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A Short Introduction to Holy Communion and Celiac Sprue Disease


What is Celiac Sprue disease?

In recent years, many have worked to foster an increasing awareness of the significant effects of Celiac Sprue disease on people's lives. The digestive system of those with this condition is considerably compromised by the consumption of gluten, one of the major ingredients in wheat flour. It is estimated that as many as fifteen percent of all persons of northern European origin are affected by this disease to some degree.

How does this affect those who go to Holy Communion?

This is a particular challenge to Catholics, who believe that the celebration of the Holy Eucharist and the reception of Holy Communion are the very source and summit of the Christian life. Priests should show great pastoral sensitivity and compassion to anyone afflicted with this disease, but especially to the parents of children with a gluten intolerance at the time of their first Holy Communion.

Can low-gluten hosts be used at Mass?

The USCCB Secretariat of Divine Worship has devoted considerable resources to this question in recent years. In 2003, the Secretariat successfully assisted the Congregation of Benedictine Sisters of Perpetual Adoration in Clyde, Missouri in the production of a very low-gluten host which has been favorably reviewed by the publication Gluten-Free Living as "perfectly safe" 1 for sufferers of Celiac Sprue disease.

In 2012, the Secretariat identified two additional distributors of low-gluten hosts as suitable matter for the Eucharistic liturgy.

Where can I buy these low-gluten hosts?

Low gluten altar hosts are available from the following:

  • Benedictine Sisters of Perpetual Adoration
    Altar Breads Department
    31970 State Highway P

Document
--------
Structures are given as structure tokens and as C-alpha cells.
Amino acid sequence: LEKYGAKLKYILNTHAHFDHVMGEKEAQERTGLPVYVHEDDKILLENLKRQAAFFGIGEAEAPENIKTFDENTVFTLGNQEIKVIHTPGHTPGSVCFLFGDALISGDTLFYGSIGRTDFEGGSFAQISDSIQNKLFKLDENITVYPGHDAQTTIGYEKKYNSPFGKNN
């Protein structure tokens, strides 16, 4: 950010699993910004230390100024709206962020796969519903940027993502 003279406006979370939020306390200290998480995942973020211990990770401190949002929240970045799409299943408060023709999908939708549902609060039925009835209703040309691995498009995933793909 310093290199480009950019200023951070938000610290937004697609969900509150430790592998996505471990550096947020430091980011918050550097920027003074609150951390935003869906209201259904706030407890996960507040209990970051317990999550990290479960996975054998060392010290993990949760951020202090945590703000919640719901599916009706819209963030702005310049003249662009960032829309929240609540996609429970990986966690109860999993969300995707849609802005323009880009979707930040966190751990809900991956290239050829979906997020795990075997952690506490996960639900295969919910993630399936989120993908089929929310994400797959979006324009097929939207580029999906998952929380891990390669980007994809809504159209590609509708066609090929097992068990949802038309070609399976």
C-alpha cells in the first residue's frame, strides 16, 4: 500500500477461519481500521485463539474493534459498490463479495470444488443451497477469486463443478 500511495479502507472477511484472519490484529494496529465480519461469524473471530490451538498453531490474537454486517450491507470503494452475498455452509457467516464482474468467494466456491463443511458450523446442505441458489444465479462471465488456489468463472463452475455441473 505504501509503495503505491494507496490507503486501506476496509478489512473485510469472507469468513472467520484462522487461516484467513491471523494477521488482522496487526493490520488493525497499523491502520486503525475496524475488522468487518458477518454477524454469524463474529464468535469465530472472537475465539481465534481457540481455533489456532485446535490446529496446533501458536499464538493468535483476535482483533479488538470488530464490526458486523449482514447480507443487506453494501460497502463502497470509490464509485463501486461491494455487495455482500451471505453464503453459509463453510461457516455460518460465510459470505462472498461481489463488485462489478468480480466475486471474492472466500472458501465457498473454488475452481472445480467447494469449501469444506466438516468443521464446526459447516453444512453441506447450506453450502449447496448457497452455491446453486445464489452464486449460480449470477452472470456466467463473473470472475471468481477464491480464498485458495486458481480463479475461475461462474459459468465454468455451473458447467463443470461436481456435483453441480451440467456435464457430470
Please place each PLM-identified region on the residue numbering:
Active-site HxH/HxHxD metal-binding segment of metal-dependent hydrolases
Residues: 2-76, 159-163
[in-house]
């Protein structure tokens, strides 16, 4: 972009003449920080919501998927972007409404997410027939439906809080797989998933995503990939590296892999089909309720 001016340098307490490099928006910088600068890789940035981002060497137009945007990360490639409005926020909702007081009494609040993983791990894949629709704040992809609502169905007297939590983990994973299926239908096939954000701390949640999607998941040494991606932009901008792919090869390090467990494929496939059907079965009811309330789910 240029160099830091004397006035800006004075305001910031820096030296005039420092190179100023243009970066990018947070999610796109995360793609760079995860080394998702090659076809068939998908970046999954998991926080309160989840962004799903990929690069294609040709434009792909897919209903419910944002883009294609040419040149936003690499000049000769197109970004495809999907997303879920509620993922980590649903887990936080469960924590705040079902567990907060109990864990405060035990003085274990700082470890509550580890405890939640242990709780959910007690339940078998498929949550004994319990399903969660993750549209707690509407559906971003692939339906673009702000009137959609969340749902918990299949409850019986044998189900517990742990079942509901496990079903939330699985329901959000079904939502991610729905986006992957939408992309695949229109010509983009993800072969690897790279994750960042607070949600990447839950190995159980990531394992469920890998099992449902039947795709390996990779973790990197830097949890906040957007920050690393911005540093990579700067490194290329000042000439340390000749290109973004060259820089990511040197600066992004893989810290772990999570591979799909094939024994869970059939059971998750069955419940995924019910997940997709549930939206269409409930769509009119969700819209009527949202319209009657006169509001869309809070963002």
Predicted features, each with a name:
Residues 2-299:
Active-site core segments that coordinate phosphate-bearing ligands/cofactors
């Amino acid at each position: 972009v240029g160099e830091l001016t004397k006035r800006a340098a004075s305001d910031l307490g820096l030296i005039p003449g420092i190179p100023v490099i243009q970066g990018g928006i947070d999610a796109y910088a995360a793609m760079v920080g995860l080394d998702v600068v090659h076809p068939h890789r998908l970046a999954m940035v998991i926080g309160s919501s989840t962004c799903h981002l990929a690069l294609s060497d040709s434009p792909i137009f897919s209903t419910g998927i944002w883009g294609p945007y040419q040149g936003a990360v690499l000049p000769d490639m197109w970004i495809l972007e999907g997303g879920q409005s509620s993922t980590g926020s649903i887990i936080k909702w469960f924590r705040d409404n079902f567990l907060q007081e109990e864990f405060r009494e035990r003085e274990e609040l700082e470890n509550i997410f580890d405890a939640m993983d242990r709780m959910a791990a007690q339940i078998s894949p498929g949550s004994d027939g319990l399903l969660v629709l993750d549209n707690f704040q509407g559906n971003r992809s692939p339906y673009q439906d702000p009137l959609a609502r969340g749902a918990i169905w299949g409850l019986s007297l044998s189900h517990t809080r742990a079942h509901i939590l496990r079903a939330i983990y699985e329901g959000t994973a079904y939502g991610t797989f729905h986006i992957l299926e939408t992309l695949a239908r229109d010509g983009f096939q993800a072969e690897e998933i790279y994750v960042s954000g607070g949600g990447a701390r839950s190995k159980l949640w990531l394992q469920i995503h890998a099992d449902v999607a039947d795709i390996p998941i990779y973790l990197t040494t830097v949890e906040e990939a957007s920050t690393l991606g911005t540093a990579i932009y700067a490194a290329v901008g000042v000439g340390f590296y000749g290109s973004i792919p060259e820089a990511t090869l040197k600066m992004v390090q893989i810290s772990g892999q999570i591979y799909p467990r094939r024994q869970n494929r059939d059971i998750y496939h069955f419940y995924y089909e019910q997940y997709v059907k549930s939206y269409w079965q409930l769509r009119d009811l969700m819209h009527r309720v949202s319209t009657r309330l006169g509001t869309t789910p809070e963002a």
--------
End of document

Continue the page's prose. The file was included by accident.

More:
Clyde, MO 64432
    (Phone: 800-223-2772, website:

  • Parish Crossroads
    P.O. Box 2413
    Kokomo, IN 46904
    (Phone: 800-510-8842, website:

    *Additional distributor for Parish Crossroads*
    CM Almy
    28 Kaysal Court
    Armonk, NY 10504
    (Phone: 800-225-2569, website:

  •, Inc.
    100 Buckley Road
    Liverpool, NY 13088
    (Phone: 800-668-7324, ext. 1, website:

What if a person cannot consume low-gluten hosts?

Such communicants may still receive the Precious Blood. Catholics believe that whoever receives Holy Communion only under the form of bread or only under the form of wine still receives the whole Christ, in his Body and Blood, soul and divinity.

What about people who cannot receive low-gluten hosts and cannot receive even a small amount of consecrated wine?

In such cases, the bishop may grant permission for individuals to receive mustum, a type of wine with a minimal alcohol content. If an individual is unable to tolerate mustum, there is little else the Church can do except to recommend that the person make a "spiritual communion." Why? Because the Church believes that it is impossible to consecrate anything except wheat bread and grape wine. From the time that the Lord Jesus took bread and wine and told his disciples: "Do this in memory of me," the Roman Catholic Church has tried faithfully to fulfill Christ's command by taking unleavened bread made from water and wheat flour, and wine made from grapes for use at the Eucharist.

Can a priest or bishop change this teaching and consecrate a host made of rice?

No. It is impossible to consecrate a host made of something other than wheat and water. No priest or bishop can change this longstanding teaching of the Catholic Church. A little over a year ago, Cardinal Joseph Ratzinger, Prefect of the Congregation for the Doctrine of the Faith, once again took up this question on behalf of the Holy Father when he wrote: "Hosts that are completely gluten-free are invalid matter for the celebration of the Eucharist." 2 Excerpts from Gluten Free Living (Vol. 9, no. 1).


  1. See Ann Whelan's "Make Your Own Decision" in Gluten-Free Living (vol. 9, no. 1), p. 4. In this same issue, see also Sr. Jeanne Crowe's extensive review article on the low gluten host, "Catholic Celiacs Can Now Receive Communion", pp.3ff.
  2. Cardinal Joseph Ratzinger, circular letter to the Presidents of Conferences of Bishops, July 24, 2003 (Prot. 89/78-174/98) in BCL Newsletter, November 2003 (Vol. XXXIX), p. 45.

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